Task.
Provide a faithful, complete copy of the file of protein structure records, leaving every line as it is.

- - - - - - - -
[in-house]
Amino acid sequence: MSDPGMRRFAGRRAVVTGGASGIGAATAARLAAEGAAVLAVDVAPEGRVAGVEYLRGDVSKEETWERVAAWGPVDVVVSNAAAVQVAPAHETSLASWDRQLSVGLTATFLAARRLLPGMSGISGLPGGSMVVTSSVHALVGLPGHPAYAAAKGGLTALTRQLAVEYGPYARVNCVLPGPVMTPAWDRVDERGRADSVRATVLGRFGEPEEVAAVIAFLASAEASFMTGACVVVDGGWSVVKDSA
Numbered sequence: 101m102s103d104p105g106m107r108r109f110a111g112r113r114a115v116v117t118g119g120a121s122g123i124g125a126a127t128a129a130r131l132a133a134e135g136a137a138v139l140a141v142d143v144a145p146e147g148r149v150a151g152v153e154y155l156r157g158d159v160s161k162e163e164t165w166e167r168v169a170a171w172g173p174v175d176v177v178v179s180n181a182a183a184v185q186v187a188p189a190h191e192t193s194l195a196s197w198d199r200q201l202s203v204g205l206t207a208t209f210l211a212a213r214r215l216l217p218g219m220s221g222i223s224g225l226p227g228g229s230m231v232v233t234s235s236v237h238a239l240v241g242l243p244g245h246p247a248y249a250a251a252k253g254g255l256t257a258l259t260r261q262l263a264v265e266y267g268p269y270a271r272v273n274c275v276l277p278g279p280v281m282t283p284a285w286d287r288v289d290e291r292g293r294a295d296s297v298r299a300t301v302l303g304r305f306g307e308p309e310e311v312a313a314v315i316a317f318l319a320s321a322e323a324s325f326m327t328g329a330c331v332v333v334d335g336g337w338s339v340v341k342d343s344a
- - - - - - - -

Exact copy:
[in-house]
Amino acid sequence: MSDPGMRRFAGRRAVVTGGASGIGAATAARLAAEGAAVLAVDVAPEGRVAGVEYLRGDVSKEETWERVAAWGPVDVVVSNAAAVQVAPAHETSLASWDRQLSVGLTATFLAARRLLPGMSGISGLPGGSMVVTSSVHALVGLPGHPAYAAAKGGLTALTRQLAVEYGPYARVNCVLPGPVMTPAWDRVDERGRADSVRATVLGRFGEPEEVAAVIAFLASAEASFMTGACVVVDGGWSVVKDSA
Numbered sequence: 101m102s103d104p105g106m107r108r109f110a111g112r113r114a115v116v117t118g119g120a121s122g123i124g125a126a127t128a129a130r131l132a133a134e135g136a137a138v139l140a141v142d143v144a145p146e147g148r149v150a151g152v153e154y155l156r157g158d159v160s161k162e163e164t165w166e167r168v169a170a171w172g173p174v175d176v177v178v179s180n181a182a183a184v185q186v187a188p189a190h191e192t193s194l195a196s197w198d199r200q201l202s203v204g205l206t207a208t209f210l211a212a213r214r215l216l217p218g219m220s221g222i223s224g225l226p227g228g229s230m231v232v233t234s235s236v237h238a239l240v241g242l243p244g245h246p247a248y249a250a251a252k253g254g255l256t257a258l259t260r261q262l263a264v265e266y267g268p269y270a271r272v273n274c275v276l277p278g279p280v281m282t283p284a285w286d287r288v289d290e291r292g293r294a295d296s297v298r299a300t301v302l303g304r305f306g307e308p309e310e311v312a313a314v315i316a317f318l319a320s321a322e323a324s325f326m327t328g329a330c331v332v333v334d335g336g337w338s339v340v341k342d343s344a